* Godfrey Bourne. Behavioral ecology of animals and plants; evolution of parental care; sexual selection, including reproductive behavior and behavioral adaptations to environmental stimuli and stress
* Jerry Wolff. Behavioral ecology, mating systems, sexual selection and social evolution, learning and cognition
* Gary Thompson. Plant-biotic interactions, including molecular and physiological responses to pathogens and non-pathogenic organisms.
The DEVELOPMENTAL SYSTEMS cluster focuses on the nature, control, and evolution of those processes that comprise the life cycle of organisms. Research on the mechanisms of gametogenesis, fertilization, embryogenesis, differentiation, pattern formation, and morphogenesis, including research on the development, regeneration, and aging of the nervous system is supported. Genomic approaches, gene networks, integration of developmental gene pathways, and computational approaches are included. Studies that explore the evolution of developmental mechanisms are encouraged.
* Judith Plesset. Animal development, including evolution of developmental mechanisms
* Susan Lolle. Plant & microbial development, including evolution of developmental mechanisms
* Marc Servetnick. Neural development
The ENVIRONMENTAL & STRUCTURAL SYSTEMS cluster focuses on the function and evolution of organisms in their physiochemical and biotic environments. Included are studies of physiological ecology, functional morphology, animal sensation and movement, molecular bases of tissue biomechanical properties, and environmental genomics. Proposals that include computational or engineering approaches in any of these areas of biology are encouraged.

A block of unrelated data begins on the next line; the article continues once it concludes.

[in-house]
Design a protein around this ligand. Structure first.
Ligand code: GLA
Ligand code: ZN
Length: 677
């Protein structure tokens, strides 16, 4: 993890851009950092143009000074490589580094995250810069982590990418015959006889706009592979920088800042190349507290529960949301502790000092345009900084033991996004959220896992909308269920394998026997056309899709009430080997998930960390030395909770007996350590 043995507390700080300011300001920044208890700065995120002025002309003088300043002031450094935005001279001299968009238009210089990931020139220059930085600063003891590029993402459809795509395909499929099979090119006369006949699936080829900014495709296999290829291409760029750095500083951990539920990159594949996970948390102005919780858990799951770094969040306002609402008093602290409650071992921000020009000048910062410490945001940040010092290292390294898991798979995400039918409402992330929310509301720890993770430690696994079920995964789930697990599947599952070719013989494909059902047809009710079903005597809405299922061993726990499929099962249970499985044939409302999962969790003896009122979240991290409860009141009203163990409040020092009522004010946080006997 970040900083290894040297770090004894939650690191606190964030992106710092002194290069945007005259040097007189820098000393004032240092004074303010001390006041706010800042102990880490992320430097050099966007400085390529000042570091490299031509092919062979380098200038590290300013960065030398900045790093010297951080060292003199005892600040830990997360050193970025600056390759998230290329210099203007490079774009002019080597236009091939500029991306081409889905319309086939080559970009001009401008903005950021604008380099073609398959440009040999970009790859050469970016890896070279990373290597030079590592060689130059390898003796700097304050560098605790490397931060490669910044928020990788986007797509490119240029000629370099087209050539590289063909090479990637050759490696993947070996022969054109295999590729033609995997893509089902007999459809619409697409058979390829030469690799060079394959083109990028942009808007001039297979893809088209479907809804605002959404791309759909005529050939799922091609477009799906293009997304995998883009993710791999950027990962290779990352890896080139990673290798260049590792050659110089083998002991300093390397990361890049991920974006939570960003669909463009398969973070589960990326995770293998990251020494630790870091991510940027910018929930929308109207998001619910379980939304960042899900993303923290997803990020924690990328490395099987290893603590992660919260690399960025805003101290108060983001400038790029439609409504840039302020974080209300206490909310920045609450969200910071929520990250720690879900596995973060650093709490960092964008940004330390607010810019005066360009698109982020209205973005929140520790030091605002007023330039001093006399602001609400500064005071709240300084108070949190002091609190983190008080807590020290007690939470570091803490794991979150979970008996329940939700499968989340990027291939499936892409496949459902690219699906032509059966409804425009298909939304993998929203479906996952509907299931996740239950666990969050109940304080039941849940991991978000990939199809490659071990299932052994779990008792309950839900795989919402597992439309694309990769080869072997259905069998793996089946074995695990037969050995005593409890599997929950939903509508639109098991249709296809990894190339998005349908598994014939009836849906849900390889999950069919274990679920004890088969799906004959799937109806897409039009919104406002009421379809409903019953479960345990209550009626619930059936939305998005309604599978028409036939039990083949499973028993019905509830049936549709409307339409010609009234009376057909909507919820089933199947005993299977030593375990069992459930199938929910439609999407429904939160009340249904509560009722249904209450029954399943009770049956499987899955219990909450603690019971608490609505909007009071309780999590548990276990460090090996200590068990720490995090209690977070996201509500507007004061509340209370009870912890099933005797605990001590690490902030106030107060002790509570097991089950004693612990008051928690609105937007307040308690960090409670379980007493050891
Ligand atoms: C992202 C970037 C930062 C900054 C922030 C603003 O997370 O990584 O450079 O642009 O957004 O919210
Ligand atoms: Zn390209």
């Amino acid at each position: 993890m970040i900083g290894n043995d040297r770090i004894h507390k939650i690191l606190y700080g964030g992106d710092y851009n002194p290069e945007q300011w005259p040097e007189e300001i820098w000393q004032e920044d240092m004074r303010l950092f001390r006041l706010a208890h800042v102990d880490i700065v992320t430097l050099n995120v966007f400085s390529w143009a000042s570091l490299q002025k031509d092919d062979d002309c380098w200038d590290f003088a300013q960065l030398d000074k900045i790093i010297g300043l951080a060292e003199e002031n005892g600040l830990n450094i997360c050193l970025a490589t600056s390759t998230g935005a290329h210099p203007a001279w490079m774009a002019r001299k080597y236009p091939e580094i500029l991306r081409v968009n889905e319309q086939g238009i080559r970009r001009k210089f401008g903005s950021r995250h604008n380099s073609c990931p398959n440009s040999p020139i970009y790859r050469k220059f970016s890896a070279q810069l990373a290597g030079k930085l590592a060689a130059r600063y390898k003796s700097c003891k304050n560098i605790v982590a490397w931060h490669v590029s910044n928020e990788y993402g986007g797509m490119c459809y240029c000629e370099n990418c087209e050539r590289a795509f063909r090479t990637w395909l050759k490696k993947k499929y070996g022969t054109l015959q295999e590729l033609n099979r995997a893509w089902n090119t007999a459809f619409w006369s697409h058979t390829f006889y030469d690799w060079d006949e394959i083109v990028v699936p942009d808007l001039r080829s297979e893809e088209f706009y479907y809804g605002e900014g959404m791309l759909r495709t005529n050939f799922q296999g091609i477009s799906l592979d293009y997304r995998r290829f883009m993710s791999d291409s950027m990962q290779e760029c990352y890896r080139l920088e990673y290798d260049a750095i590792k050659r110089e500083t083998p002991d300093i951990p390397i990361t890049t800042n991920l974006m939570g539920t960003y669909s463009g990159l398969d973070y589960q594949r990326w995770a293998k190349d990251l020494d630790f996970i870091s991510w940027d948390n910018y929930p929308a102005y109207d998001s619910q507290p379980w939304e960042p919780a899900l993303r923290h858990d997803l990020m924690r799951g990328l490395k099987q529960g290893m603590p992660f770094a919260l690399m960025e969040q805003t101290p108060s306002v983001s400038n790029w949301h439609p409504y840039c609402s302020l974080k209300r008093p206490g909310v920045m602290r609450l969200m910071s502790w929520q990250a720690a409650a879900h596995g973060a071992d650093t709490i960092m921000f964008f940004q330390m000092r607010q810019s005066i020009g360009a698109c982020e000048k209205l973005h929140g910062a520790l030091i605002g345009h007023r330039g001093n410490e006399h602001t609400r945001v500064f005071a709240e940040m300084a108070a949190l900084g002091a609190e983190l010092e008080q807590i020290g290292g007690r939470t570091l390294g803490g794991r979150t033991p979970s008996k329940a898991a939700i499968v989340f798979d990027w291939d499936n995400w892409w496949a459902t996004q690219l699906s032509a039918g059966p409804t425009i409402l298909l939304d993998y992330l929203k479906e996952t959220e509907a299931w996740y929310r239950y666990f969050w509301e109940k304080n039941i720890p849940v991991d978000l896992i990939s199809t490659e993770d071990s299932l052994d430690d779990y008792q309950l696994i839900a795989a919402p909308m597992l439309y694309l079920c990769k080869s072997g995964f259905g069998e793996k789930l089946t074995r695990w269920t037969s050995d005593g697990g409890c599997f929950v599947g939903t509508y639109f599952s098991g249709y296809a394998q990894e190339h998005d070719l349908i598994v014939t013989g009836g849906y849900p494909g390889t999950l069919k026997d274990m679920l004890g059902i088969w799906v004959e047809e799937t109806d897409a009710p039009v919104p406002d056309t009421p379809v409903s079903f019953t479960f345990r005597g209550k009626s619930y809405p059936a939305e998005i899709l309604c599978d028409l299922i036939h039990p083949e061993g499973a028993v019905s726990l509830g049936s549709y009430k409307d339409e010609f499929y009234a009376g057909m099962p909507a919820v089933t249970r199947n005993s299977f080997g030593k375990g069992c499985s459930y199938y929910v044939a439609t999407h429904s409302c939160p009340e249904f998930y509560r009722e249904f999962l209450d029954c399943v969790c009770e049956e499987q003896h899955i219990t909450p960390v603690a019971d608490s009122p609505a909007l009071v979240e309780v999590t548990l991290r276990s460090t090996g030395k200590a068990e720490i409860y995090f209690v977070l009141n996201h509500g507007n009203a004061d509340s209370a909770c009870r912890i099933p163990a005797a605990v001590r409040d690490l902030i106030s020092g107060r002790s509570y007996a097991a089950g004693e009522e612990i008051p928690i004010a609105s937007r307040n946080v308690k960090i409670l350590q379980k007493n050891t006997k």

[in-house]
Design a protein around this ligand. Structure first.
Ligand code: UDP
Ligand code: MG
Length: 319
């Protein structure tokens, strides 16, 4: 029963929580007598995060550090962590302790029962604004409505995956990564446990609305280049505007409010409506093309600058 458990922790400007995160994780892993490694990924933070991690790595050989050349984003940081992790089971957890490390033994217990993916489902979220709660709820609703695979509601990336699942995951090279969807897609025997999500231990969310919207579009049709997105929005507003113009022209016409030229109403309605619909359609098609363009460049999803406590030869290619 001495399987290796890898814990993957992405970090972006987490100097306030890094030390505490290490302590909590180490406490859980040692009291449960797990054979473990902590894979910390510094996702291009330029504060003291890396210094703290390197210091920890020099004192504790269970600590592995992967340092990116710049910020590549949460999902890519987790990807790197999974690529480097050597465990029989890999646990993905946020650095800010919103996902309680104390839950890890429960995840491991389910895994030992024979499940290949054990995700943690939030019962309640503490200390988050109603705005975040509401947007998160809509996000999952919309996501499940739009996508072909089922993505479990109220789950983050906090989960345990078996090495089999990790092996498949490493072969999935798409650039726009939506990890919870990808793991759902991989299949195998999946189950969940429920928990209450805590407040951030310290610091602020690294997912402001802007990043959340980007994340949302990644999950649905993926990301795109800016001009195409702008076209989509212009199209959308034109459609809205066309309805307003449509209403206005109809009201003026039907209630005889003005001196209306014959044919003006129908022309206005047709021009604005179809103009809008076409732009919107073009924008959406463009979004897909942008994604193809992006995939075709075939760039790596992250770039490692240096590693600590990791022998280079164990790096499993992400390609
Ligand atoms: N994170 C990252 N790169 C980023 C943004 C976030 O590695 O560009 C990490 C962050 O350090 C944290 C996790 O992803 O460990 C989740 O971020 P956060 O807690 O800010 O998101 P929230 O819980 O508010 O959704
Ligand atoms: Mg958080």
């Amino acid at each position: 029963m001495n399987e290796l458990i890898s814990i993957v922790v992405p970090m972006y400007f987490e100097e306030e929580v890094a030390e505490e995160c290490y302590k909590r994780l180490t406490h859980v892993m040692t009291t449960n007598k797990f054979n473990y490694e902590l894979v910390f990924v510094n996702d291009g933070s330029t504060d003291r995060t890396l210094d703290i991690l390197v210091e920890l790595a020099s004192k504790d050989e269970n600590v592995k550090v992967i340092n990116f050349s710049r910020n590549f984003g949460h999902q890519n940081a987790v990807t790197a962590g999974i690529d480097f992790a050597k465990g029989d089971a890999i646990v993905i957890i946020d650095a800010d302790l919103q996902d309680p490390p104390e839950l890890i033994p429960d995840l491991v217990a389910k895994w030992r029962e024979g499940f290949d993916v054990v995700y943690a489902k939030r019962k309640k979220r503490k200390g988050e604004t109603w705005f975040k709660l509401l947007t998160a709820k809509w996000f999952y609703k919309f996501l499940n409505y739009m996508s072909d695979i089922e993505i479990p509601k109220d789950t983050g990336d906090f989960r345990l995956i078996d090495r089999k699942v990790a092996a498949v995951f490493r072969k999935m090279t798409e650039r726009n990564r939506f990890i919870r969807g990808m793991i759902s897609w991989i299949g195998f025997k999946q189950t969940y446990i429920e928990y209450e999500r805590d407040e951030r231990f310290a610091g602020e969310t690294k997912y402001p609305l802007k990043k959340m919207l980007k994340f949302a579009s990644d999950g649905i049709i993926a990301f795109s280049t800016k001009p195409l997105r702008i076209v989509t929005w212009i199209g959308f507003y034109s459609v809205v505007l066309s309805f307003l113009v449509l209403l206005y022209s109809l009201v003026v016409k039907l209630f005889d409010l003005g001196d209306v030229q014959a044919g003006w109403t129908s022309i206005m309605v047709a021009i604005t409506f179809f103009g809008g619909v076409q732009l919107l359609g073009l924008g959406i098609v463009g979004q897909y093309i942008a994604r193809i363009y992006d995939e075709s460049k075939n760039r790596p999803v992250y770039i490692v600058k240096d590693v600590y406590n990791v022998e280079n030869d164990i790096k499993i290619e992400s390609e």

* William Winner. Ecological and evolutionary physiology of plants and microbes
* William Zamer. Ecological and evolutionary physiology of animals
* Cole Gilbert. Function and evolution of sensory input, including evolution of animal sensation and movement; functional morphology; sensorimotor mechanisms
The FUNCTIONAL & REGULATORY SYSTEMS cluster focuses on fundamental physiological mechanisms and how they have evolved, with emphasis on organisms as integrated systems. This area includes comparative physiology, neurophysiology, mechanisms of solute transport, and comparative or evolutionary immunology. It includes research at the genetic, genomic, cellular, tissue, organ, system, and organismal levels of organization. Also supported are studies of neuronal and glial cell function and synaptic mechanisms as they relate to integrated organismal systems. Proposals for computational modeling to further understanding of physiological processes in organisms are encouraged.
* Steve Rodermel. Plant physiology and molecular biology, including metabolism and mechanisms of response to abiotic factors and growth regulators
* Ione Hunt von Herbing. Comparative animal physiology, including immunology, endocrinology, and physiological energetics
* Thomas Vandergon. Evolutionary and molecular animal physiology and metabolism
Thomas Brady, Division Director
Judith Verbeke, Deputy Division Director
Integrative Organismal Biology